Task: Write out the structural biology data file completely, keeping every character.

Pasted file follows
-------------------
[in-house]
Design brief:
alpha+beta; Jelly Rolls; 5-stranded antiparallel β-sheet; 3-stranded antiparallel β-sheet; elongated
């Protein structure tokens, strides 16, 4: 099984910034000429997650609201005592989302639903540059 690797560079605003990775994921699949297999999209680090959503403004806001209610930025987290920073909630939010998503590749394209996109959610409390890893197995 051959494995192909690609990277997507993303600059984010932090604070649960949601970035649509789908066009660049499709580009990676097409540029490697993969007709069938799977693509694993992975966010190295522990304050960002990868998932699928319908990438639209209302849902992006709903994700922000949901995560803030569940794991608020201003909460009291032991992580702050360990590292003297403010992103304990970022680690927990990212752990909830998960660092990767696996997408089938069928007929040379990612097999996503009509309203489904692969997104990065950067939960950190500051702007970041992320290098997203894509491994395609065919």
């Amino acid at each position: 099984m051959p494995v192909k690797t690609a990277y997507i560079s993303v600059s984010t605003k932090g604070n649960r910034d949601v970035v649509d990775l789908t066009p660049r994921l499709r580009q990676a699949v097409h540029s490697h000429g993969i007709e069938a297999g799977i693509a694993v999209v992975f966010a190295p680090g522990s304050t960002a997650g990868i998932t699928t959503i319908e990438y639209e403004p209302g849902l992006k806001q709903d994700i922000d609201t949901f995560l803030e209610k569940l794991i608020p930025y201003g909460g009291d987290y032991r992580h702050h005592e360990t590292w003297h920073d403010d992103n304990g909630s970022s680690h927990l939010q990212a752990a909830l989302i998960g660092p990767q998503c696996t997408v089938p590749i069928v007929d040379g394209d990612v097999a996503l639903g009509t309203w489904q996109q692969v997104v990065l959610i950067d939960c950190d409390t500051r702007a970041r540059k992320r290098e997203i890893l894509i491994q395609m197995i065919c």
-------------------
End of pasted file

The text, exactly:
[in-house]
Design brief:
alpha+beta; Jelly Rolls; 5-stranded antiparallel β-sheet; 3-stranded antiparallel β-sheet; elongated
């Protein structure tokens, strides 16, 4: 099984910034000429997650609201005592989302639903540059 690797560079605003990775994921699949297999999209680090959503403004806001209610930025987290920073909630939010998503590749394209996109959610409390890893197995 051959494995192909690609990277997507993303600059984010932090604070649960949601970035649509789908066009660049499709580009990676097409540029490697993969007709069938799977693509694993992975966010190295522990304050960002990868998932699928319908990438639209209302849902992006709903994700922000949901995560803030569940794991608020201003909460009291032991992580702050360990590292003297403010992103304990970022680690927990990212752990909830998960660092990767696996997408089938069928007929040379990612097999996503009509309203489904692969997104990065950067939960950190500051702007970041992320290098997203894509491994395609065919």
């Amino acid at each position: 099984m051959p494995v192909k690797t690609a990277y997507i560079s993303v600059s984010t605003k932090g604070n649960r910034d949601v970035v649509d990775l789908t066009p660049r994921l499709r580009q990676a699949v097409h540029s490697h000429g993969i007709e069938a297999g799977i693509a694993v999209v992975f966010a190295p680090g522990s304050t960002a997650g990868i998932t699928t959503i319908e990438y639209e403004p209302g849902l992006k806001q709903d994700i922000d609201t949901f995560l803030e209610k569940l794991i608020p930025y201003g909460g009291d987290y032991r992580h702050h005592e360990t590292w003297h920073d403010d992103n304990g909630s970022s680690h927990l939010q990212a752990a909830l989302i998960g660092p990767q998503c696996t997408v089938p590749i069928v007929d040379g394209d990612v097999a996503l639903g009509t309203w489904q996109q692969v997104v990065l959610i950067d939960c950190d409390t500051r702007a970041r540059k992320r290098e997203i890893l894509i491994q395609m197995i065919c």